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Kai Ryssdal: There was an international conference on Iraq today. At the meeting in Stockholm, Sweden, Iraqi Prime Minister Nouri al-Maliki asked his Arab neighbors for a little bit of relief: He wants more than $60 billion dollars in debt forgiveness.
For the most part the answer was a polite "no," but Marketplace's John Dimsdale reports there was one country willing to help.
John Dimsdale: Most of Iraq's debts to its Persian Gulf neighbors date back to the 1980s, when the Sunni-dominated government of Saddam Hussein was willing to take on the Shiite mullahs in Iran.
Wright State University professor Riad Ajami says the Sunnis in Kuwait and Saudi Arabia were happy to lend Hussein money to fight Iran.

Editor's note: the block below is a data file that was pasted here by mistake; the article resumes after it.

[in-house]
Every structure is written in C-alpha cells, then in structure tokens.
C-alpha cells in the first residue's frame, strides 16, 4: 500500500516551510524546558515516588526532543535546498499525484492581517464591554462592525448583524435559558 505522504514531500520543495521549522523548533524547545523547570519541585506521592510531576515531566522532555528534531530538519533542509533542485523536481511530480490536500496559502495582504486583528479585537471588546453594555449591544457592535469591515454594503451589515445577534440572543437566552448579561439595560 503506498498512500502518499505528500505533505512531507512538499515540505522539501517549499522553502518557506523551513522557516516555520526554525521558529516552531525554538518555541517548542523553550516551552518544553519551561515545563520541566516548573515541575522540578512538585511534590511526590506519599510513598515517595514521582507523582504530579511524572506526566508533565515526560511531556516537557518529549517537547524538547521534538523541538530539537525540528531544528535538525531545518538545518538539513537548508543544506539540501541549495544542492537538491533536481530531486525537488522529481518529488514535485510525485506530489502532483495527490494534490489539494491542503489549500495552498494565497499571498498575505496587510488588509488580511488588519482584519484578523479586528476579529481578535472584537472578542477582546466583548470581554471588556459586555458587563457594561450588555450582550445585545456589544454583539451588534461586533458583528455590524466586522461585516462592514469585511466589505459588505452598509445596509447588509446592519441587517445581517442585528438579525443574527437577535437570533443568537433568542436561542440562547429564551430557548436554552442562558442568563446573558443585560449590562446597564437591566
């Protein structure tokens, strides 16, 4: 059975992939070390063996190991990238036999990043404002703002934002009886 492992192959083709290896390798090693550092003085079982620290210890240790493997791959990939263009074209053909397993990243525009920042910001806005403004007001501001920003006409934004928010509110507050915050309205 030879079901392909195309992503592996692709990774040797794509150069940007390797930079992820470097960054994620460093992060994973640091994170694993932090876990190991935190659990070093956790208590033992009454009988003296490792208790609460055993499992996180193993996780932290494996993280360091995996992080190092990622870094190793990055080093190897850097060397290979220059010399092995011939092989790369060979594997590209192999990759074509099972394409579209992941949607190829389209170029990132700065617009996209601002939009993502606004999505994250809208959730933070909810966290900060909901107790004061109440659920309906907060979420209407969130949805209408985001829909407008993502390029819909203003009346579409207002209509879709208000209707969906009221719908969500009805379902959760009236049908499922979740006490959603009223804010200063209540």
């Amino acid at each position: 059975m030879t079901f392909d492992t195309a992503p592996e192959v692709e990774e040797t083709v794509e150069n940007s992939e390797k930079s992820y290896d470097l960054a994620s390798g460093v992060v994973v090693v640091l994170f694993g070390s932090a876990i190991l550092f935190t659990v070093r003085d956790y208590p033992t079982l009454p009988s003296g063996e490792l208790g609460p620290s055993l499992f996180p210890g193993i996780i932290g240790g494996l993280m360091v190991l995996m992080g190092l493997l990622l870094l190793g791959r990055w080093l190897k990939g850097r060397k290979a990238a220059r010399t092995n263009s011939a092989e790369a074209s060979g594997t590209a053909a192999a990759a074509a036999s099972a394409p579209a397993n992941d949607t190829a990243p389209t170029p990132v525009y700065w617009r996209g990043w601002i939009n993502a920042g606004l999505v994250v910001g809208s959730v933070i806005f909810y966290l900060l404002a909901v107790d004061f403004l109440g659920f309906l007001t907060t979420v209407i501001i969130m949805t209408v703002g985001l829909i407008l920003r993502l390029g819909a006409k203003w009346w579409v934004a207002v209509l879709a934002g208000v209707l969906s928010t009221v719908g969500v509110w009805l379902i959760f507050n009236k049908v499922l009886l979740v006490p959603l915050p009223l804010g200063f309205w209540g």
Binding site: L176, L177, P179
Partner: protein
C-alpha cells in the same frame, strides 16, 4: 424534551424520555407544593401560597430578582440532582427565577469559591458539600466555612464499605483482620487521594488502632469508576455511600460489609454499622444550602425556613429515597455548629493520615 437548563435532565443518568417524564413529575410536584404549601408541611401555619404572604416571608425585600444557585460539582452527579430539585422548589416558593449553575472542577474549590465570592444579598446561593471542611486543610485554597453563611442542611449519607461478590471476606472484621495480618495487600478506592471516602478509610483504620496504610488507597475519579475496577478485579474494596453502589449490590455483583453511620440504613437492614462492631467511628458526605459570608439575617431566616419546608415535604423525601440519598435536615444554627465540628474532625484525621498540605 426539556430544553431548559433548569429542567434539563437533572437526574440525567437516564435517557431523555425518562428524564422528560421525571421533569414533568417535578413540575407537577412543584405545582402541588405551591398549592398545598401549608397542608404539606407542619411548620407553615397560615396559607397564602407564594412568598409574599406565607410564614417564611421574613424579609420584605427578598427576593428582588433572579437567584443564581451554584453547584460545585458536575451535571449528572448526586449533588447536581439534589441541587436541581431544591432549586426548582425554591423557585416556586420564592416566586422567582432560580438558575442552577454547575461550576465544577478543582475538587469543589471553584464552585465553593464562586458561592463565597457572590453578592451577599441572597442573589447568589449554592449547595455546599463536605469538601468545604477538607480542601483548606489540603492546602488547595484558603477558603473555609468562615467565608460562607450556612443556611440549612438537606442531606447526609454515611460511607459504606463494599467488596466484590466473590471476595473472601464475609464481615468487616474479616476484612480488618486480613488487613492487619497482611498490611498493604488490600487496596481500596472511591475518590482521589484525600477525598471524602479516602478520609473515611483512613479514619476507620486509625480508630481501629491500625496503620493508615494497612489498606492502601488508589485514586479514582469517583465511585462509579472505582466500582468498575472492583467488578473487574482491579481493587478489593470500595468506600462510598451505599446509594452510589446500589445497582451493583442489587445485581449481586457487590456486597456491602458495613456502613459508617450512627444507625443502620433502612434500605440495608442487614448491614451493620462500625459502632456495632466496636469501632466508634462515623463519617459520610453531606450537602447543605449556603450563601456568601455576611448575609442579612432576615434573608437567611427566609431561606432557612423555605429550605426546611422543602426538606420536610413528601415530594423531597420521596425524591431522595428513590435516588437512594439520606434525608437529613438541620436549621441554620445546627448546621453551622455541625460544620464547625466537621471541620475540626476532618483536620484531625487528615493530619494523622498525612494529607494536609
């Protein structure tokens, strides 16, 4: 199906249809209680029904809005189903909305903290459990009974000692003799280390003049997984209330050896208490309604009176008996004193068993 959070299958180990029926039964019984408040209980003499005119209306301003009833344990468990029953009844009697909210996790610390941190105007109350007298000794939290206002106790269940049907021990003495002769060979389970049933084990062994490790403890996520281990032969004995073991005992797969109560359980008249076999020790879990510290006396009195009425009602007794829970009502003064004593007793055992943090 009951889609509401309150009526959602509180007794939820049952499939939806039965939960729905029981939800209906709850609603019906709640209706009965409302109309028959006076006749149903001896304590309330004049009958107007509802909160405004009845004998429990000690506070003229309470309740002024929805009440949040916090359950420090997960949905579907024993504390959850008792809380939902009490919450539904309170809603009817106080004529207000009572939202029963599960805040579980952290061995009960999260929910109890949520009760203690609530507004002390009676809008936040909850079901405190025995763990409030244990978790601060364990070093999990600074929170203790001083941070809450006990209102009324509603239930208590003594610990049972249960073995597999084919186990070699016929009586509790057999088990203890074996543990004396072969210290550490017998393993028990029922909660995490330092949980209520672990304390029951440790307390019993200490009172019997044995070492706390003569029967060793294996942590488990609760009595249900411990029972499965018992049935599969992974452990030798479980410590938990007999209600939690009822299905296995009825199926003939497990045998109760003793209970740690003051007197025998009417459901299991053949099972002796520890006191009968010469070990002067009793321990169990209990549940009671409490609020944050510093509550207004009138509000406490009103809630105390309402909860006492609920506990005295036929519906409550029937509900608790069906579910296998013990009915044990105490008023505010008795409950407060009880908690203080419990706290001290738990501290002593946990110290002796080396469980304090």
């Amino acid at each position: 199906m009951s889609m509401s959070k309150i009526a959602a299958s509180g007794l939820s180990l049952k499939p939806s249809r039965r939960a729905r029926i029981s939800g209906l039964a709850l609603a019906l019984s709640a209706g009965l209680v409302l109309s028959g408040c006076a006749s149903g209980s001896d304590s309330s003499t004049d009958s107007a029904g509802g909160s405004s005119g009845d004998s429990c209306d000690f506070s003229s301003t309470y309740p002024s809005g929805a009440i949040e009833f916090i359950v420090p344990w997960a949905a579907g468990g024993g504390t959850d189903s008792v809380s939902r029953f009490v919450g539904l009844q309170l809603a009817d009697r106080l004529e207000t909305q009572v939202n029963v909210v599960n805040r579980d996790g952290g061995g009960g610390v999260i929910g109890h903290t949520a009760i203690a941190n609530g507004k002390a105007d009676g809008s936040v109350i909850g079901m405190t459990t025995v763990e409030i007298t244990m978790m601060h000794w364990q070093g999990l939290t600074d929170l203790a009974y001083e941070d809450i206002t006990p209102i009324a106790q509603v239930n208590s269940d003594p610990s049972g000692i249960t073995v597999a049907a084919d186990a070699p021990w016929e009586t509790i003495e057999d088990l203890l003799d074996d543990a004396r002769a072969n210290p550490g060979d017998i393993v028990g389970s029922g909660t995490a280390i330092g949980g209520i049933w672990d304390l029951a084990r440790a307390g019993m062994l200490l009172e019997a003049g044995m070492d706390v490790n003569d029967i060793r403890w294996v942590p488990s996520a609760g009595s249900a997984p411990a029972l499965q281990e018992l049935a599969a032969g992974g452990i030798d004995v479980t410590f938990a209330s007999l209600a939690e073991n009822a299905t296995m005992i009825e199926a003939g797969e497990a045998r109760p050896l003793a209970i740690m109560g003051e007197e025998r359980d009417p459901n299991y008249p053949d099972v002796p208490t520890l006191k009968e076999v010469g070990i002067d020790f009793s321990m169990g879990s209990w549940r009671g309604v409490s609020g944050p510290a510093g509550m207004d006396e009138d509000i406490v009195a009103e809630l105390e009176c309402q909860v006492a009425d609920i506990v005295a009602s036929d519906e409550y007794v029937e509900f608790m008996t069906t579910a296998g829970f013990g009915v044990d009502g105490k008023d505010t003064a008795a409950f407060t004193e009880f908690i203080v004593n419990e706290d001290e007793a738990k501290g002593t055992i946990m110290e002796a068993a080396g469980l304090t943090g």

Riad Ajami: He said, "I'm fighting on your behalf. I have the army; I need the resources. You put up the money," and they forked out the money.
Now, the new leader of Iraq, Prime Minister Nouri al-Maliki, says those loan payments are a drag on development. To benefit the entire region's economy, he's asking for debt relief.
But Maliki's government is now run by a Shiite majority and the Sunni regimes in the Persian Gulf are reluctant to forgive old debts, especially given the one country now offering financial aid.
Ajami: The Iranians are willing to help and the Iranians do have the resources.
Iran has already loaned Iraq a billion dollars with easy repayments over 40 years.
Ajami: And for that reason, the Sunni Arabs would want to help the Iraqis, but they would want better behavior and better promises from the Shia-dominated government in Iraq.
Professor Ajami says before Sunni Arabs invest in Iraq's debt, they want promises that Iraq's new government won't get too close to Iran. That's why Saudi Arabia and Kuwait sent only low-level bureaucrats to listen to today's plea from Iraq's prime minister.
In Washington, I'm John Dimsdale for Marketplace.